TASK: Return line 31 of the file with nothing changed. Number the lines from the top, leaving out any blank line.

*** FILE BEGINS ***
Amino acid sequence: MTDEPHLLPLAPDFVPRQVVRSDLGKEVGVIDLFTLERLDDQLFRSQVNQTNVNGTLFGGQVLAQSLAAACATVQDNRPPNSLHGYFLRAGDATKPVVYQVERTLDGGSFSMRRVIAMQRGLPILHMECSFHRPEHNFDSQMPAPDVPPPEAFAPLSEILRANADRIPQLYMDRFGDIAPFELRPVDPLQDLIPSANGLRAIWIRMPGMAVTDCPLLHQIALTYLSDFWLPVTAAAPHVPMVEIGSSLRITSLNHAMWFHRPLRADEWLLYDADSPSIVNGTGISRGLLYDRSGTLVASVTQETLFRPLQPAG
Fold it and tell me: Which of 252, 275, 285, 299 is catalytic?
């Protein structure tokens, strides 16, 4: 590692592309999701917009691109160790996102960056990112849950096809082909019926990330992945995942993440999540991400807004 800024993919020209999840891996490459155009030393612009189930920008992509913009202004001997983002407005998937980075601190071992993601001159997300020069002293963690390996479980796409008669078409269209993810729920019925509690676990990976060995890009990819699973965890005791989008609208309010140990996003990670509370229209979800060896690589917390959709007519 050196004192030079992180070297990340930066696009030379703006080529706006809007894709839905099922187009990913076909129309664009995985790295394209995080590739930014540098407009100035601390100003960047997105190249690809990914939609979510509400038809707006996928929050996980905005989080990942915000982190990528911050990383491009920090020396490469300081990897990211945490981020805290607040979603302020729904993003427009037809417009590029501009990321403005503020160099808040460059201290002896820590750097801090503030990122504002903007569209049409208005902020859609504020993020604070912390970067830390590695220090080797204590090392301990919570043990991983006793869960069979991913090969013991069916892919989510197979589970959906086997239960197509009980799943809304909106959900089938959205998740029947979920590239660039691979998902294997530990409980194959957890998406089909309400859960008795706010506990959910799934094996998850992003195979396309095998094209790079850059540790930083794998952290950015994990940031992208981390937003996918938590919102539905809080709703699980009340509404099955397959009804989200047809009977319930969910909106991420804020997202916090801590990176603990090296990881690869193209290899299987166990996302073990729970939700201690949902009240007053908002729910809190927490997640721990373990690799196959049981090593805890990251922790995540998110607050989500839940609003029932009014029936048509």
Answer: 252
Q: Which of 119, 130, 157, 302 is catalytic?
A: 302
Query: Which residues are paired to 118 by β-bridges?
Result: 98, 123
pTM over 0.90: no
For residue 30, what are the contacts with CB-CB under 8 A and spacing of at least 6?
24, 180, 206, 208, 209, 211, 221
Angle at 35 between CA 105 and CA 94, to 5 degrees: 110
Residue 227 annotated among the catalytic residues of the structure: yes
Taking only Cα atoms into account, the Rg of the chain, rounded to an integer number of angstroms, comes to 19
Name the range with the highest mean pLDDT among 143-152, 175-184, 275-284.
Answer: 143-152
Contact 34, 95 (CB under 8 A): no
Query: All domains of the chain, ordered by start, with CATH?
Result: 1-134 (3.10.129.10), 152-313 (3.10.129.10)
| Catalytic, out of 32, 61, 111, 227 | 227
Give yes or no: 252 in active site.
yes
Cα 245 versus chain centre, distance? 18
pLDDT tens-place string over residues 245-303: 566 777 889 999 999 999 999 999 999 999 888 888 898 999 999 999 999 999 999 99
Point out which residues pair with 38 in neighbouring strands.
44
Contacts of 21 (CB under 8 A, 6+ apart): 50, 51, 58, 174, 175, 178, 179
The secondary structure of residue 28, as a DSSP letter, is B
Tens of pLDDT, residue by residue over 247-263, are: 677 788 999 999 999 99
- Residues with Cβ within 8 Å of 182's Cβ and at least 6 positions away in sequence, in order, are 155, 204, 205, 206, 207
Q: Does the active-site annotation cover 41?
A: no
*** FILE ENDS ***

Q: Does the active-site annotation cover 41?